Press Release
April 7, 2010


Asserting that "the era where justices of the Supreme Court were considered as 'mouthpieces of divinity' is long gone," Senate Minority Leader Aquilino Q. Pimentel Jr. asked the Supreme Court yesterday to reverse its decision allowing the President to appoint a new chief justice.

In a motion for intervention, Pimentel said that the high court's decision on March 17, 2010, "runs counter to the principle" that republican constitutions establish "limitations to the power of officials in whose hands government authority is lodged momentarily."

Pimentel said that the court should take a second look at the dissenting opinion of Justice Conchita Carpio-Morales which "cogently dissected each argument postulated by the majority of the Court, shredded the basis of its individual premises and exposed the irrationality of its conclusions."

Adding to Justice Carpio-Morales's dissent, Pimentel said that if the decision of the Court in question is not altered, it would lead to "an absurd situation where temporary appointments to the judiciary would, thus, become a reality" and the Supreme Court would be amending the Constitution instead of just interpreting it.

Citing precedents, Pimentel said that "constitutional principles should be strictly construed so as to assure the people of their steady application to the activities of their daily lives unless there is an absolute necessity to re-construe them, again, for the greater benefit of the body politic.

"The Constitution, as a body of restraint or limitations on power, should not be given an expansive interpretation and if interpreted, should not result in the granting of more powers to the concerned Government entity especially when the language is strongly worded - and unambiguously at that - in the negative."

He emphasized, "Sec. 15, Art. VII is clear and needs no interpretation, the president cannot appoint 'Two months immediately before the next presidential elections and up to the end of his term, xxx except temporary appointments to executive positions when continued vacancies therein will prejudice public service or endanger public safety."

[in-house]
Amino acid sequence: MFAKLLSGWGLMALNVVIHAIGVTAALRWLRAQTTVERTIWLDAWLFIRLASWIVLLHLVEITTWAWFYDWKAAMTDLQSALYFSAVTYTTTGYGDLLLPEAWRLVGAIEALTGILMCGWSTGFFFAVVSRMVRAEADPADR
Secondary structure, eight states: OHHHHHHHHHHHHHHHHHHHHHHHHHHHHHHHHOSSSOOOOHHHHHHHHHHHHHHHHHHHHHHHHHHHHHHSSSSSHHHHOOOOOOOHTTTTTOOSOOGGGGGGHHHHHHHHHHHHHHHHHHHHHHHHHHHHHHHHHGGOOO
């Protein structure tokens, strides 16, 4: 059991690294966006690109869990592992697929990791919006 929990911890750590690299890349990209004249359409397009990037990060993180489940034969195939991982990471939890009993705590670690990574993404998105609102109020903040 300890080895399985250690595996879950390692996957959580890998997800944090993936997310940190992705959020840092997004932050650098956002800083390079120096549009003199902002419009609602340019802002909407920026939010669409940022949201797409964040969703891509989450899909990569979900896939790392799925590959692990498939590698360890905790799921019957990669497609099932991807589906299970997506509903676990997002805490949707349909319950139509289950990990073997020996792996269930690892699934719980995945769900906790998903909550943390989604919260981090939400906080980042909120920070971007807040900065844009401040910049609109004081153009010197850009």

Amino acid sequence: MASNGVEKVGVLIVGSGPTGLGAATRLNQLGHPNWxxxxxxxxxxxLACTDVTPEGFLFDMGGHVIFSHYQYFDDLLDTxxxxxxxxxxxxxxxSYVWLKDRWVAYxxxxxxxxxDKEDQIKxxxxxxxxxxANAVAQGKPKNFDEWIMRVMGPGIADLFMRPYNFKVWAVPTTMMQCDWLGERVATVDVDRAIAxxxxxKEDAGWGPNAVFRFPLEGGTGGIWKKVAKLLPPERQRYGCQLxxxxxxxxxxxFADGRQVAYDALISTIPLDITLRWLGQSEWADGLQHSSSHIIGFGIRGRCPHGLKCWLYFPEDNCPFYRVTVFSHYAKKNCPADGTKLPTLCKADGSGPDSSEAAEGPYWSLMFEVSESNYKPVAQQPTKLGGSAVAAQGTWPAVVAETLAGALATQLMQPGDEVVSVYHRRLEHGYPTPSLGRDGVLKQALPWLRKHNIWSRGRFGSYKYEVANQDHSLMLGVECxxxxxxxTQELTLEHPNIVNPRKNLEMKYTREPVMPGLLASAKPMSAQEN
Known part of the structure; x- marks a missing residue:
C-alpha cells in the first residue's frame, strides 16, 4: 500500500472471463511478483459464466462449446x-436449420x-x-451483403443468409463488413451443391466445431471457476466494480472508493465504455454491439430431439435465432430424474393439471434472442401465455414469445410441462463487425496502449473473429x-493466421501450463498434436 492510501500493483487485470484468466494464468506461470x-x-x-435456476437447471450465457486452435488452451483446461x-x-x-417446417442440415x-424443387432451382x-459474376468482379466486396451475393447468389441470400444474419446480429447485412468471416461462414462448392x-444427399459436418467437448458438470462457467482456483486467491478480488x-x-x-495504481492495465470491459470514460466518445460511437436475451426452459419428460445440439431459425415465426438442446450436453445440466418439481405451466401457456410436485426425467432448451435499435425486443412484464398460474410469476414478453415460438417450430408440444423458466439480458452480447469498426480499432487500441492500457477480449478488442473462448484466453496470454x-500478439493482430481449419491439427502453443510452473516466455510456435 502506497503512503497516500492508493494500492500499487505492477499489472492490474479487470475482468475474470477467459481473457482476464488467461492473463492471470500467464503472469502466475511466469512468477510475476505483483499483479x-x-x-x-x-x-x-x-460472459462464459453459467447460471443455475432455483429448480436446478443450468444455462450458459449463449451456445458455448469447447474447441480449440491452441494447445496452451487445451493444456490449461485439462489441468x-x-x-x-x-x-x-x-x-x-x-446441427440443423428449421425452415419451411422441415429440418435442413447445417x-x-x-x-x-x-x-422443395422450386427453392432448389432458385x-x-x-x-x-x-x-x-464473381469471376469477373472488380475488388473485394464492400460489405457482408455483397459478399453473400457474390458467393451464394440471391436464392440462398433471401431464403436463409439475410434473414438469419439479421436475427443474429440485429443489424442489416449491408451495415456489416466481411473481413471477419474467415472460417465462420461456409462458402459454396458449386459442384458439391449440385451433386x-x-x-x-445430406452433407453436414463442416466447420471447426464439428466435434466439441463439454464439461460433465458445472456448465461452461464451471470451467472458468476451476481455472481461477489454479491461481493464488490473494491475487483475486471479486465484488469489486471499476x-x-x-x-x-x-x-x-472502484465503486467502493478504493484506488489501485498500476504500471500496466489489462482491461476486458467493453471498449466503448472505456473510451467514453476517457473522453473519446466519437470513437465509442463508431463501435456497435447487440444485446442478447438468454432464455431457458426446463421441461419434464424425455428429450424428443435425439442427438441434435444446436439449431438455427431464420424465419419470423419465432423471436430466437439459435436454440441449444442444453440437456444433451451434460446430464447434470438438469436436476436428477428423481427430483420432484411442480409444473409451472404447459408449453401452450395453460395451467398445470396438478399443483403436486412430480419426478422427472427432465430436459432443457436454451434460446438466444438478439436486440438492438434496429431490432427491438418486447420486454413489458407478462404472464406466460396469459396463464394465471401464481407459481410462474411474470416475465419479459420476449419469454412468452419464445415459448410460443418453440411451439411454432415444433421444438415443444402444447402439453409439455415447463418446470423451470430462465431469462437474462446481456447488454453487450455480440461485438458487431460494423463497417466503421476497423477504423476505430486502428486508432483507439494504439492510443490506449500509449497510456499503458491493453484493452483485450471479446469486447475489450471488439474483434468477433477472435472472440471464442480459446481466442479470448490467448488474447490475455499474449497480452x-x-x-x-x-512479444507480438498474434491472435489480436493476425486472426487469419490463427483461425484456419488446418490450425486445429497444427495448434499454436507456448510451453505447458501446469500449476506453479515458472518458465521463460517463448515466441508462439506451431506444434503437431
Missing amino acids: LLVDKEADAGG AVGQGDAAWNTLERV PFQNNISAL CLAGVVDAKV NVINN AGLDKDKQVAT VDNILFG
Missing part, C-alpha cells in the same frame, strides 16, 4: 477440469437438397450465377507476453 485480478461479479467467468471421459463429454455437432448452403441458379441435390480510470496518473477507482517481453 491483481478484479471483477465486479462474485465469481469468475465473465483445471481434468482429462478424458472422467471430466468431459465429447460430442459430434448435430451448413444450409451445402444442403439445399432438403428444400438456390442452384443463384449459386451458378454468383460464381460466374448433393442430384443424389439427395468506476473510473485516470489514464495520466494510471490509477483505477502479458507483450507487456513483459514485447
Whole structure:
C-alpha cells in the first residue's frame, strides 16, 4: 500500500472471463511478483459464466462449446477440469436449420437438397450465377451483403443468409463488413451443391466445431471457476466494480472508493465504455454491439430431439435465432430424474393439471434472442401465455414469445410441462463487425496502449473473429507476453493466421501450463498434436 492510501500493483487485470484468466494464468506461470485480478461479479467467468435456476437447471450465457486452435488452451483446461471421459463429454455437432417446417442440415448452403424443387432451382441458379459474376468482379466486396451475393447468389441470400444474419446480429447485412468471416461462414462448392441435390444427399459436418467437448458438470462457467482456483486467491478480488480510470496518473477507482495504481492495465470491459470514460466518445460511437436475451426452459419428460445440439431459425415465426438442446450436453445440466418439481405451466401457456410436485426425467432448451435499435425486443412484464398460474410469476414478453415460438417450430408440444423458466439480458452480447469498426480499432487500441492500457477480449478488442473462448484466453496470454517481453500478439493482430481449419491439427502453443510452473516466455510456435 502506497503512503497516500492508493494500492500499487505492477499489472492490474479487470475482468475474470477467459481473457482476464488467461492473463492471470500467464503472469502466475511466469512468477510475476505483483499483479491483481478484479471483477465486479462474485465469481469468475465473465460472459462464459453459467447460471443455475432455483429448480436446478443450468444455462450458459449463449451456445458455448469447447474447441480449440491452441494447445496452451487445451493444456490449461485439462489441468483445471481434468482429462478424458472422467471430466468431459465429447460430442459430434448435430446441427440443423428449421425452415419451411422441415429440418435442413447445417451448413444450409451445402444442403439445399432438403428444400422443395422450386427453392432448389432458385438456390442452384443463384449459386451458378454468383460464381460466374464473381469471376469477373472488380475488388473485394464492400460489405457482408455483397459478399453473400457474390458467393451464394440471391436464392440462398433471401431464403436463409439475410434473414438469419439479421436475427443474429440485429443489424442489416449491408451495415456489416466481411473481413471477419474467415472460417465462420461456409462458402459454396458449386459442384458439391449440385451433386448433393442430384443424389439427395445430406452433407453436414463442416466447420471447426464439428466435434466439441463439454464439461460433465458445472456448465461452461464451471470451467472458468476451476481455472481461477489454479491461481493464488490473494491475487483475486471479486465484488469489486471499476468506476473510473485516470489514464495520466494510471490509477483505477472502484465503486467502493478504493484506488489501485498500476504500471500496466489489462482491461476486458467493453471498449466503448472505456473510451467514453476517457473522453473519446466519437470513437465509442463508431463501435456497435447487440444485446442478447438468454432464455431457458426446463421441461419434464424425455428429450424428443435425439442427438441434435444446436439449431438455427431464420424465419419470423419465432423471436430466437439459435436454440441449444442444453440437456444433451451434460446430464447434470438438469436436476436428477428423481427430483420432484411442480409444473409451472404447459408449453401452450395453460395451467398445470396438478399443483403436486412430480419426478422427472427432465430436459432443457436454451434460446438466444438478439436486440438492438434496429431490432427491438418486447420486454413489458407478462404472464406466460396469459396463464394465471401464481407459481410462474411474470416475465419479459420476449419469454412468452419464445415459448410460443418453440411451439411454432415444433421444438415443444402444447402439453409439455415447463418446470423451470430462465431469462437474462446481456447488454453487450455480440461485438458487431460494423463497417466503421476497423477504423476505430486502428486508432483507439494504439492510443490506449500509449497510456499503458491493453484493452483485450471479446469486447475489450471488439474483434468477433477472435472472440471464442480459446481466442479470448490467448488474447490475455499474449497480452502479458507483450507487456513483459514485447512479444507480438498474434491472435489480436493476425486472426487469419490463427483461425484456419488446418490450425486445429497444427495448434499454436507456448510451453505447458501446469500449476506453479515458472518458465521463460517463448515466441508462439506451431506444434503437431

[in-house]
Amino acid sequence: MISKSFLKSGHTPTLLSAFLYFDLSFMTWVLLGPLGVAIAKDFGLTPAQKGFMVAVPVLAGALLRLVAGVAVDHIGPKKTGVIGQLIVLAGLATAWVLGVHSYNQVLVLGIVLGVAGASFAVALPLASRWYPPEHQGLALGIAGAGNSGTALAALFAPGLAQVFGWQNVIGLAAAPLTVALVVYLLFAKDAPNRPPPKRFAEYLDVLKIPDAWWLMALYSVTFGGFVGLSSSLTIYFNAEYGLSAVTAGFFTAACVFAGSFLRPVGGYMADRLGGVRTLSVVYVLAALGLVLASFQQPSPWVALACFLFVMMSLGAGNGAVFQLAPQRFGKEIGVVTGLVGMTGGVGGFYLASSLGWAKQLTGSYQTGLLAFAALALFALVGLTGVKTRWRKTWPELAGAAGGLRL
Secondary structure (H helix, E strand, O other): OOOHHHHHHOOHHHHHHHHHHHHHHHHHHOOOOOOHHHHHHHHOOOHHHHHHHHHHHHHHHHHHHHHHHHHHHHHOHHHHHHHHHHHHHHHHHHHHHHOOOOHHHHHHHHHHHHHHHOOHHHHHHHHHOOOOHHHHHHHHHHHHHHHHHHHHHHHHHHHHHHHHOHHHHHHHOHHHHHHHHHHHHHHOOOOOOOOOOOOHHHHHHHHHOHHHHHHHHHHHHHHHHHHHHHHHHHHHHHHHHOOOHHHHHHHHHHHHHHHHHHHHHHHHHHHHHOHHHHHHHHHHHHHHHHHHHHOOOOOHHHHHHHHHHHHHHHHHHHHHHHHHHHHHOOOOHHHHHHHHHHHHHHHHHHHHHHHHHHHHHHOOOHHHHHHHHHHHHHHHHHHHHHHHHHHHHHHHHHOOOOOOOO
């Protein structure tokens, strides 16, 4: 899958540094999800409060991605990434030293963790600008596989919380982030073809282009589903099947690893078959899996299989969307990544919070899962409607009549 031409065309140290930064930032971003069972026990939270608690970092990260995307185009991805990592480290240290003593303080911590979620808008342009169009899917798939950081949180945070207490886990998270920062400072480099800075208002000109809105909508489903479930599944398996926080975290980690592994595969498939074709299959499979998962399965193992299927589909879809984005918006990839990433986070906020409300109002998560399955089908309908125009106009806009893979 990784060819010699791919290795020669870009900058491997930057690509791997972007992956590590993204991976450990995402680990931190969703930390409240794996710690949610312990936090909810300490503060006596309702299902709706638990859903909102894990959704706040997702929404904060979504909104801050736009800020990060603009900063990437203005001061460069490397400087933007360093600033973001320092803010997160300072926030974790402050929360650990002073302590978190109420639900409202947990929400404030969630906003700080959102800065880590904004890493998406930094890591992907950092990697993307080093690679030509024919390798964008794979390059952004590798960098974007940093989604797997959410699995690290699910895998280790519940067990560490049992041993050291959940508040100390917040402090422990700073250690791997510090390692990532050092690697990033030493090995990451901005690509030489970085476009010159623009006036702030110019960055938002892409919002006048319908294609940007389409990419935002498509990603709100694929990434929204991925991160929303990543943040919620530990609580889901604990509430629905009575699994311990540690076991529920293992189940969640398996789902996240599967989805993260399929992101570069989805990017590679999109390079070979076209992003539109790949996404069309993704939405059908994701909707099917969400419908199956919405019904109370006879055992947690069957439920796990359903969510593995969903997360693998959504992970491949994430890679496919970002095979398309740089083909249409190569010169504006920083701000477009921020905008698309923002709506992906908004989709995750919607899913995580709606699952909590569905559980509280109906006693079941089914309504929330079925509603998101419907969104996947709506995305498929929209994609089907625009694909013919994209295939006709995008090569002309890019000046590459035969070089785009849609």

Pimentel said that "the opinion of the majority, unfortunately, expands the constitutional powers of the President in a manner that is totally repugnant to the principles of republican constitutional democracy. It is tantamount to the Court's amending the Constitution without proper authority."

He warned that the SC decision "is an impermissible act that not only the Court as an institution but the people as well will rue unless remedied by a its timely reconsideration."

Pimentel cited the case of President Joseph Estrada, who was deemed to have "constructively resigned", which "add(ed) to the Constitutionally prescribed circumstances that cause a vacancy in the office of the President..."

"Thus - in addition to the other judicial ratiocinations which may have resonated well with the people - his successor was deemed to have legally replaced him. The adverse consequences of that expanded list of the constitutionally mandated causes of vacancy in the office of the President, however, still hound us to this very day."

Pimentel said "that like a viral infection, a faulty interpretation of one vital provision of the Constitution such as Section 15, Article VII could cause deadly mutations in the body politic. Like diabetes, unless treated seasonably, the disease may weaken the lungs, the kidneys, and other vital organs of persons and in the end cause cardiac arrest that would certainly end their earthly existence."

Finally, the Senate minority leader disputed the claim that the appointment of a new Chief Justice would not matter much in the decision making of a collegial body like the Supreme Court - he being only one of 15 justices.

"If he or she is a strong Chief Justice, say, in the mold of John Marshall (1817-1833) or Earl Warren (1953-1969) of the US Supreme Court, then the Chief Justice can mold the Court to his or her image. But even if he or she is not made of 'sterner stuff', as primus inter pares of the collegial body, he or she can still make a difference in the decisions of the Supreme Court. And the decisions - depending on their intrinsic rationality and the consensus they may evoke from the people - could be good or bad for the Republic."

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